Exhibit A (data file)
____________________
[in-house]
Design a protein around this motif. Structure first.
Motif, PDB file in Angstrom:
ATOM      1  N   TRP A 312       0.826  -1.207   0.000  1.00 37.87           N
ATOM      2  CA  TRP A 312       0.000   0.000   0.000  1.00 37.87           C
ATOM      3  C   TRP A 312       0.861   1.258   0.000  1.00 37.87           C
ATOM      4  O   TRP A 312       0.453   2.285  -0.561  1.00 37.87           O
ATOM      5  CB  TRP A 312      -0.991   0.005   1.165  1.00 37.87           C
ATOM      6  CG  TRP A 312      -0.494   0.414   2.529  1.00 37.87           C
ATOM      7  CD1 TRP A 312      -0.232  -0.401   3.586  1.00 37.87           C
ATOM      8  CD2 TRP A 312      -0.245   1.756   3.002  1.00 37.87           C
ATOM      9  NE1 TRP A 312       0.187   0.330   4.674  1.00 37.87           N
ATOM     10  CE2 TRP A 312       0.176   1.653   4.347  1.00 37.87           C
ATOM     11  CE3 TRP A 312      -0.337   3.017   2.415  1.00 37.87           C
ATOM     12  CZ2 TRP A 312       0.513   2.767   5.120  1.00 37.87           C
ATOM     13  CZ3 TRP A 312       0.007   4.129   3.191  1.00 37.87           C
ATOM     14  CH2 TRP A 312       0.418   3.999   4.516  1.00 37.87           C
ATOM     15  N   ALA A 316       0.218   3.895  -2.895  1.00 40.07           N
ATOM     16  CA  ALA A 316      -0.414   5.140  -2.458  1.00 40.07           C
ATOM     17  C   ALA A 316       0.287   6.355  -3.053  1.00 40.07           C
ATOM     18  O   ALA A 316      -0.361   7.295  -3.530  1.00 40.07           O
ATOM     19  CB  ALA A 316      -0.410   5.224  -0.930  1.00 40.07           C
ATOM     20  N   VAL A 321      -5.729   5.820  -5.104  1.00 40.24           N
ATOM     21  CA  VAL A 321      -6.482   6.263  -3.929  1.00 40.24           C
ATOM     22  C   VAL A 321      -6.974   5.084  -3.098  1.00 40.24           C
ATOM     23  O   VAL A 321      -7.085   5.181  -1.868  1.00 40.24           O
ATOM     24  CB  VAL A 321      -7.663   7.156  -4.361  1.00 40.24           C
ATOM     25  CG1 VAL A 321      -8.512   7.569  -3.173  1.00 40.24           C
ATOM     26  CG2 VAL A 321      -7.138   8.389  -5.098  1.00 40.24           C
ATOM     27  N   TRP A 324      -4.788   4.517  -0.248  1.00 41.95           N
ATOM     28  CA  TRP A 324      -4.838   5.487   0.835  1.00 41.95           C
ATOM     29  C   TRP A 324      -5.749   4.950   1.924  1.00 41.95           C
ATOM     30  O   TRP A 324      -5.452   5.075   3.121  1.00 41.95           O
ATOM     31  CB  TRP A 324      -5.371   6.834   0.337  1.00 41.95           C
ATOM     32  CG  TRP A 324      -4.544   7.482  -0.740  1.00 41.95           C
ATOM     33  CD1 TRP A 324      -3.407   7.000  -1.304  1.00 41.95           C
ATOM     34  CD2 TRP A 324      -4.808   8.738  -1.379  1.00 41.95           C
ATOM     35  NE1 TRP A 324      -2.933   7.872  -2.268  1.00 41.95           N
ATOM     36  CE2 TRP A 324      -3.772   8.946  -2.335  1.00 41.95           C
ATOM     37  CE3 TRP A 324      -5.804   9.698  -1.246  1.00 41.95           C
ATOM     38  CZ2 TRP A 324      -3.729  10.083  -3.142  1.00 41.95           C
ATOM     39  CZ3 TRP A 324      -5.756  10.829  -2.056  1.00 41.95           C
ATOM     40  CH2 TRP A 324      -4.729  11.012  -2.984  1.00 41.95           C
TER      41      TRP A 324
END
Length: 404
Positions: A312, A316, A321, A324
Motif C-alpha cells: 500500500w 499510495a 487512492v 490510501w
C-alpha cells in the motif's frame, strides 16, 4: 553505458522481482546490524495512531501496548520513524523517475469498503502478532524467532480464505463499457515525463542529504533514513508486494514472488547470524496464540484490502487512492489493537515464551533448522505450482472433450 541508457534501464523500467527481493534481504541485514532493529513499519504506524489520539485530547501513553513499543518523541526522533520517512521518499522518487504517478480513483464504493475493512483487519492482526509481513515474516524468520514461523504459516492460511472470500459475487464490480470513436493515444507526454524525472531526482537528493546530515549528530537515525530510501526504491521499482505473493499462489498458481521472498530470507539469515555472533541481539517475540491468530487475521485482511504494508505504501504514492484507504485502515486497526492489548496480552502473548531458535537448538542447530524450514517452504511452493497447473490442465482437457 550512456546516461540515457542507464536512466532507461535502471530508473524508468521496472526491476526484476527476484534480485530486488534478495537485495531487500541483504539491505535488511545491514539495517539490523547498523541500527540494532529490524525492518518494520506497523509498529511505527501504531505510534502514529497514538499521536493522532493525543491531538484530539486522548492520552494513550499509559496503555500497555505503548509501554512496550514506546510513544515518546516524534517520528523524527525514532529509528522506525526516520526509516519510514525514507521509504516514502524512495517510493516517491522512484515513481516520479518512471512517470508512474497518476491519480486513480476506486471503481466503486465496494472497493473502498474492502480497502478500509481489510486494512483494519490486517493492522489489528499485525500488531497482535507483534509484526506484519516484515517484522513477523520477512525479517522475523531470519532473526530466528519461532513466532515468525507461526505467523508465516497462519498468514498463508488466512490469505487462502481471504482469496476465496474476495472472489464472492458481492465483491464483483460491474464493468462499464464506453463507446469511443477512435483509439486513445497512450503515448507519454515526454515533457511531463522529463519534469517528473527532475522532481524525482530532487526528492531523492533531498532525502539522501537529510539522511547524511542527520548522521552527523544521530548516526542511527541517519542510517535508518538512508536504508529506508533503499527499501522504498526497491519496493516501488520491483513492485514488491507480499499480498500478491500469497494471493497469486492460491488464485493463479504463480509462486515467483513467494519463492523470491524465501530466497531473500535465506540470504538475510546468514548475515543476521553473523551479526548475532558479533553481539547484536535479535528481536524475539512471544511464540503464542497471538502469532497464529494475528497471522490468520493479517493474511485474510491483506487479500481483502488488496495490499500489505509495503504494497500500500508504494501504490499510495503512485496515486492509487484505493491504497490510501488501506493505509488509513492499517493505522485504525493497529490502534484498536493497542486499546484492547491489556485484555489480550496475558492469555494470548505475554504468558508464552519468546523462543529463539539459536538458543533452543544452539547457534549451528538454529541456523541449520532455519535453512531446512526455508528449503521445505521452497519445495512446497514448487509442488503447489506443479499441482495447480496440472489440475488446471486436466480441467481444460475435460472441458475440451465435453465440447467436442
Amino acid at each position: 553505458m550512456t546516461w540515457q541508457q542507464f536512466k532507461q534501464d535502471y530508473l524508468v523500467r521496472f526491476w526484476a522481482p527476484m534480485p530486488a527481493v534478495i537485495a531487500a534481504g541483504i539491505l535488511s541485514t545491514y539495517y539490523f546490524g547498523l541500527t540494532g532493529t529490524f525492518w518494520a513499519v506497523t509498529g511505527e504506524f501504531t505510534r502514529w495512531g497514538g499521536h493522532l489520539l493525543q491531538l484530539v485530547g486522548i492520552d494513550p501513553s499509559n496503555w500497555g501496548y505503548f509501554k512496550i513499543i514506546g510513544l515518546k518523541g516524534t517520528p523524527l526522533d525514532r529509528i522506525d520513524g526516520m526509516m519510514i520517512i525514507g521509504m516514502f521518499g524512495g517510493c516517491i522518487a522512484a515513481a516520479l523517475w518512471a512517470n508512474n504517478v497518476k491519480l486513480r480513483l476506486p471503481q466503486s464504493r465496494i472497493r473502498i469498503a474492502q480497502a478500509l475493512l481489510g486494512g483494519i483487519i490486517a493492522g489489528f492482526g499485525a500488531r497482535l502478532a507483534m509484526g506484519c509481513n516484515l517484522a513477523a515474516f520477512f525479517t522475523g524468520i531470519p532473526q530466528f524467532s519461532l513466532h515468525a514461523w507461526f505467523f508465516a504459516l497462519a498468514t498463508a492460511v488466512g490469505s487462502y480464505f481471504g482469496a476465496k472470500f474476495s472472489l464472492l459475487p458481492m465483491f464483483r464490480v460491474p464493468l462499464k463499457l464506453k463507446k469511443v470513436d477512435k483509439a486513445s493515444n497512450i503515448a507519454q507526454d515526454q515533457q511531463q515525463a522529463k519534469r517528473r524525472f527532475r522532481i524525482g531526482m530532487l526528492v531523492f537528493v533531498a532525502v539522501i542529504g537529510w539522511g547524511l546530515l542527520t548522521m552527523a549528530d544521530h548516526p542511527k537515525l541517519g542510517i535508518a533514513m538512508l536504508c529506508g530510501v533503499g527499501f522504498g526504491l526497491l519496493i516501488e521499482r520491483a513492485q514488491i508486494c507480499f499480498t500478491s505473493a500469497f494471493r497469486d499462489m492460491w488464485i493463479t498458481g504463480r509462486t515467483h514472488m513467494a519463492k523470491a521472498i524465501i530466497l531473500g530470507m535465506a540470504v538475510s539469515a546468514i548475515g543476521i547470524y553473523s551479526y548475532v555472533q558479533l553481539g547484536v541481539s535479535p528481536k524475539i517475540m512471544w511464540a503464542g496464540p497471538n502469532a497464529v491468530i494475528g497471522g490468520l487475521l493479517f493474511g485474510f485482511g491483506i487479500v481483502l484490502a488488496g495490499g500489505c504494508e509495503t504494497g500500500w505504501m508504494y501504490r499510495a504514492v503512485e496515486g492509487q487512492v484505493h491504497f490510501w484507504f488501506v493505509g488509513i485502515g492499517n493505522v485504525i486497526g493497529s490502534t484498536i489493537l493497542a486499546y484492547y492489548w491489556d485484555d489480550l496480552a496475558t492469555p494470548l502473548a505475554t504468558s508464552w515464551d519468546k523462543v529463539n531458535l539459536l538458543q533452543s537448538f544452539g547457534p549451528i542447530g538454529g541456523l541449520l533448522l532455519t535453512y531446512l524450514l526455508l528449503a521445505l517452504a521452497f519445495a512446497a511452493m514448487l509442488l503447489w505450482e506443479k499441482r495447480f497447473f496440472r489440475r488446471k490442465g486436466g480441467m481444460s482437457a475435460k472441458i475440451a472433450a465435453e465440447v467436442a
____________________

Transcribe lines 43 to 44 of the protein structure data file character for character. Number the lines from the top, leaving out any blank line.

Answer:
ATOM     40  CH2 TRP A 324      -4.729  11.012  -2.984  1.00 41.95           C
TER      41      TRP A 324